In Am I Being Too Subtle?: Straight Talk From a Business Rebel, American Billionaire, and Real Estate Entrepreneur Sam Zell shares his story of how a restless, curious boy who grew up in Chicago made it to the Forbes 400. He describes the risks that paid off and those that didn’t and what he learned in the process. Sam is best known for building several commercial real estate companies with investments also in other industries such as energy, manufacturing, retail, travel, logistics, and health care.
Sam is the son of Jewish immigrants who fled Poland to escape the Holocaust and come to the United States. A former lawyer, he is the founder and chairman of Equity Group Investments, a private investment firm, founded in 1968. According to Forbes, Sam has an estimated net worth of USD $5.2 billion as of March 2023.
I am the son of Jewish immigrants who fled Poland to escape the Holocaust and come to the United States. My entire life is dedicated to the idea that I am part of the great American dream, an entrepreneurial movement like none other in the world.
“Some might see buying and creating value from others’ mistakes as a form of exploitation, but I see it as giving neglected or devalued assets, in any industry, new life. ”
Allocator of capital. Focuses less on specific industries and more on seeing opportunity in anomalies or trends that catches his attention. Reads risk for a living. Focused on understanding the downside.
Someone who doesn’t just see the problems but also sees the solutions—the opportunities. A fundamental part of being an entrepreneur aligns with my tendency to walk out of step with the norm.
If everyone is going left, look right.
“For me, business is not a battle to be waged—it’s a puzzle to be solved. And the end goal isn’t to accumulate a lot of toys and then kick back.”
If it ain’t fun, we don’t do it
Back in 1985, the Wall Street Journal did a front-page story on me and quoted me saying “If it ain’t fun, we don’t do it.” The next day I walked into the office and all the mailroom guys were wearing T-shirts with that quote. I loved the fact that they thought to do it, that they felt they could, and that they made it happen. That epitomizes the culture at my investment firm, Equity Group Investments (EGI).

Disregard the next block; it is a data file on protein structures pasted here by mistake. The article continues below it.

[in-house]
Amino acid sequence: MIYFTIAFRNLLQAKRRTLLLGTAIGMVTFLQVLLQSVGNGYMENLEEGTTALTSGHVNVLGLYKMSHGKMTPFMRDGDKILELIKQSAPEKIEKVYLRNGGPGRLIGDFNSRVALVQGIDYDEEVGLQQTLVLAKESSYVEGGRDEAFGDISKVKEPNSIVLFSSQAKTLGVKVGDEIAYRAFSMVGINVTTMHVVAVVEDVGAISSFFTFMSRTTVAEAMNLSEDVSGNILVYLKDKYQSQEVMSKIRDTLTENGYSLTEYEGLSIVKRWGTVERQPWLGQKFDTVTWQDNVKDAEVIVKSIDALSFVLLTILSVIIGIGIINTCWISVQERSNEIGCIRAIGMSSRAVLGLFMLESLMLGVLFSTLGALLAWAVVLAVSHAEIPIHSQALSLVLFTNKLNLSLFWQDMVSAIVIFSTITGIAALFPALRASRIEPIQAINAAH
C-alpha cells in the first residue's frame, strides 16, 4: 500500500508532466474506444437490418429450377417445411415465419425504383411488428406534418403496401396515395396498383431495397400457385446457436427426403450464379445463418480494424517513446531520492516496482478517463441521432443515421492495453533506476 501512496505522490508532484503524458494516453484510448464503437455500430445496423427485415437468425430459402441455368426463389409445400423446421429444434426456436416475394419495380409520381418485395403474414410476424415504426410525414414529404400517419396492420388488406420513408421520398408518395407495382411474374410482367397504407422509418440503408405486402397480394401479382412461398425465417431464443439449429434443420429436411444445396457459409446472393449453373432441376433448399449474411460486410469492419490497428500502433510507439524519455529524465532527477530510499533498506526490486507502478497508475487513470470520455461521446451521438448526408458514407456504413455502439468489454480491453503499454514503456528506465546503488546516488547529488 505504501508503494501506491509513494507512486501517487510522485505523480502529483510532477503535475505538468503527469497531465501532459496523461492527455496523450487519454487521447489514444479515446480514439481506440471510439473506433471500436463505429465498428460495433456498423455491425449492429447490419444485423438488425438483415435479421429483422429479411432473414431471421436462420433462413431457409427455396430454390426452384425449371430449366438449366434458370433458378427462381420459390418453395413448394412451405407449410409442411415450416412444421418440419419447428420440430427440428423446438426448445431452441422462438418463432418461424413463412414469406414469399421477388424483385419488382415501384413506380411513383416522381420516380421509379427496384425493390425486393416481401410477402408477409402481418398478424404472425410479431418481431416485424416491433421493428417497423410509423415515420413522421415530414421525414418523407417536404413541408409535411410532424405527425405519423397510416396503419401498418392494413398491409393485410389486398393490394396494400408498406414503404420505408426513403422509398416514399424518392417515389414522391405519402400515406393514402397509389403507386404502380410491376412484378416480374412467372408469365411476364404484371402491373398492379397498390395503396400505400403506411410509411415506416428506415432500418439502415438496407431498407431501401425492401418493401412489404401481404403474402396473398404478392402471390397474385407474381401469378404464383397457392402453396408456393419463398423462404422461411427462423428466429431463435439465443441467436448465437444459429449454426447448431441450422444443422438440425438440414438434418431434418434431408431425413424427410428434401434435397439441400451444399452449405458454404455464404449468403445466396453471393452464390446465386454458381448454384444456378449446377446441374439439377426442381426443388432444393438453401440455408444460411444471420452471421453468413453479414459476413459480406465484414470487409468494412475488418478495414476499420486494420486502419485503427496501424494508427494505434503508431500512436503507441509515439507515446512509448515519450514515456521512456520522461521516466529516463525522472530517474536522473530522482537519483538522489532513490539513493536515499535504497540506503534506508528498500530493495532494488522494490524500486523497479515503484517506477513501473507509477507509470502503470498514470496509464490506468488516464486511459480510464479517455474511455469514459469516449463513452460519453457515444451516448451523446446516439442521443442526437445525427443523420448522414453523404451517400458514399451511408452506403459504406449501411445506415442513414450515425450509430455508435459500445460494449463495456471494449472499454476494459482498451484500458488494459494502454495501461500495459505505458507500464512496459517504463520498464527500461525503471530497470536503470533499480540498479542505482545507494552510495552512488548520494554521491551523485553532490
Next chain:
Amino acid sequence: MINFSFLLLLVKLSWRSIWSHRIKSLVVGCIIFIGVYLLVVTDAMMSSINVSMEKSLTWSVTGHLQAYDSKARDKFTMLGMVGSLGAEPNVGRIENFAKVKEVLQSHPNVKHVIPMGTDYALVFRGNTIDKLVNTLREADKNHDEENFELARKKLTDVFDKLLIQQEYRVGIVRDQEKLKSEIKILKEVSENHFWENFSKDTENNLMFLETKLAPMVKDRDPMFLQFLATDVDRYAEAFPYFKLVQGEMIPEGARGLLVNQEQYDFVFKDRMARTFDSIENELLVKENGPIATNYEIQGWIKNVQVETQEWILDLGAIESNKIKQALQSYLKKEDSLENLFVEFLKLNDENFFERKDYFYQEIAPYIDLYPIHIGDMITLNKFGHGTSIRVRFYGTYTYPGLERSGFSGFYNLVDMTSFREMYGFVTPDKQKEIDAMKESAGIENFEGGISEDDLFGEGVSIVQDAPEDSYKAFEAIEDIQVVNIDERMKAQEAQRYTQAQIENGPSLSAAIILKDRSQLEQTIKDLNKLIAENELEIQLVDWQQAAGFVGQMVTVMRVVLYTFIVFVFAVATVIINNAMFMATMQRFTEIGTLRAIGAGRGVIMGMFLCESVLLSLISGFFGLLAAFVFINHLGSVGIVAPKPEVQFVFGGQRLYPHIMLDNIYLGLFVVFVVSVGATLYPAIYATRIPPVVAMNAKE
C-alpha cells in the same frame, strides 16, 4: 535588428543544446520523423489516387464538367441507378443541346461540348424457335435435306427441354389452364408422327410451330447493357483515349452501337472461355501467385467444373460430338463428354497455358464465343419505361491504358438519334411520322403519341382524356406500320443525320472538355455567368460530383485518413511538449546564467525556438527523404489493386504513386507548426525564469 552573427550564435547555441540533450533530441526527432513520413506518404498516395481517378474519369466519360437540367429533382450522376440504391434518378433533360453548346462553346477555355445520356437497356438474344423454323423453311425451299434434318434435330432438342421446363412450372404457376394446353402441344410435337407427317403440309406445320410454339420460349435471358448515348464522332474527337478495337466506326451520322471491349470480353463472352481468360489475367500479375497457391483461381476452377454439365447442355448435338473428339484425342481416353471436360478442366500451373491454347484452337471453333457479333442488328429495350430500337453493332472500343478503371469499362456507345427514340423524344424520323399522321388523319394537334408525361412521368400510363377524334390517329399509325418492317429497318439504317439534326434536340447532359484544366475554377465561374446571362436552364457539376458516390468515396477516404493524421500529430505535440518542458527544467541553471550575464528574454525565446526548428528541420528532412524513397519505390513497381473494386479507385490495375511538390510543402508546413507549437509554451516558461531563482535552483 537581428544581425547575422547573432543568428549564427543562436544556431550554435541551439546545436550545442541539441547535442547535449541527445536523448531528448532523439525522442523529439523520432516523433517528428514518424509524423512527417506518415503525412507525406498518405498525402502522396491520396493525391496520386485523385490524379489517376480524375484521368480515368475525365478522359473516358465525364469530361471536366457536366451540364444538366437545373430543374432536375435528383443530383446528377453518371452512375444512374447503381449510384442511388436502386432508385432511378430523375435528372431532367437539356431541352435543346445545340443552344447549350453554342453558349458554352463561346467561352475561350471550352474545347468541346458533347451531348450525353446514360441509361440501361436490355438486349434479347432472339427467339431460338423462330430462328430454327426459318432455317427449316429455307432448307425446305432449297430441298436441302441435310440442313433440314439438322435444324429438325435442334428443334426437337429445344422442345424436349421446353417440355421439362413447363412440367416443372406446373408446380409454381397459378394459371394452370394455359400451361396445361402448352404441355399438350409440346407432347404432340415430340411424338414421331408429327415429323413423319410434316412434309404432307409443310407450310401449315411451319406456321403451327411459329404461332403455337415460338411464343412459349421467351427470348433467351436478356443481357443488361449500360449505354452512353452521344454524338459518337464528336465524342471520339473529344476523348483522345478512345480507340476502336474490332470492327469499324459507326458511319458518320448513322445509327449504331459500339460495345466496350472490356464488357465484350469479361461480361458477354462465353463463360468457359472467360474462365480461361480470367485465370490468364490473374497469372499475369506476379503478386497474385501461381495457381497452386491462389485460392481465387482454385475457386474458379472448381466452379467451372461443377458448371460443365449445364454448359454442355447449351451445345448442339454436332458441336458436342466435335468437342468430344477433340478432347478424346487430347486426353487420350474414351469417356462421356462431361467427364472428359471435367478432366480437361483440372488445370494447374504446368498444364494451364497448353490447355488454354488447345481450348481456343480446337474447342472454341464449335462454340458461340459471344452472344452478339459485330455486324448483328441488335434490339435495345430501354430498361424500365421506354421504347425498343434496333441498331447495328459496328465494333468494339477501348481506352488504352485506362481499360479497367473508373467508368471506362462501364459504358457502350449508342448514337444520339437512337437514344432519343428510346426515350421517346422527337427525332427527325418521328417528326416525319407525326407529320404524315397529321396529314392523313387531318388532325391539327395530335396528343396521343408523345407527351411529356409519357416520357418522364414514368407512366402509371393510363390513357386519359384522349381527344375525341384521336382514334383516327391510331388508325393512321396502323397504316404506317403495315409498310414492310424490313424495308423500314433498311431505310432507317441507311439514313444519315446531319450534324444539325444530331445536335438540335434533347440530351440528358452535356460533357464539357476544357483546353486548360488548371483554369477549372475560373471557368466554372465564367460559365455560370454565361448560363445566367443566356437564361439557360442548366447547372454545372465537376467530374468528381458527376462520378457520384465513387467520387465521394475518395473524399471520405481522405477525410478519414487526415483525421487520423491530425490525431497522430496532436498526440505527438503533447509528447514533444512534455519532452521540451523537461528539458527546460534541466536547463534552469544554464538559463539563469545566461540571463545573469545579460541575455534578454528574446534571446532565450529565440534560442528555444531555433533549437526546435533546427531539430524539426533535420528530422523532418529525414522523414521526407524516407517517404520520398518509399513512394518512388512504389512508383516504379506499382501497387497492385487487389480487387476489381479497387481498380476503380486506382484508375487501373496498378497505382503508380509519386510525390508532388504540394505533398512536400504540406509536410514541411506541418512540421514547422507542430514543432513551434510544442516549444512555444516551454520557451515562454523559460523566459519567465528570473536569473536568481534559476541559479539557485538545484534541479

The bottom line is if you’re really good at what you do, you have the freedom to be who you really are.
Reputation is more important than money
“These long-term relationships reflect the most important lesson imparted to me by my father. He taught me simply how to be. He often told me that nothing was more important than a man’s honor—shem tov in the Jewish community: a good name. Reputation is your most important asset. Everything you do, everything you say, is part of the permanent record. Your name reflects your character. No matter how successful I got, I never forgot that lesson. I’ve always strived to be known as a man of my word.”
“I’m seventy-five; I work out every morning at 4:45, I’m at the office by 6:30 a.m., and I don’t get home from work until 7:00 at night. I have plenty more to do and a lot more to say. Every day is an adventure.”
I grew up believing that anything is possible. And when you’re not aware there are any limitations, nothing stops you from trying.”
All the best in your quest to get better. Don’t Settle: Live with Passion.
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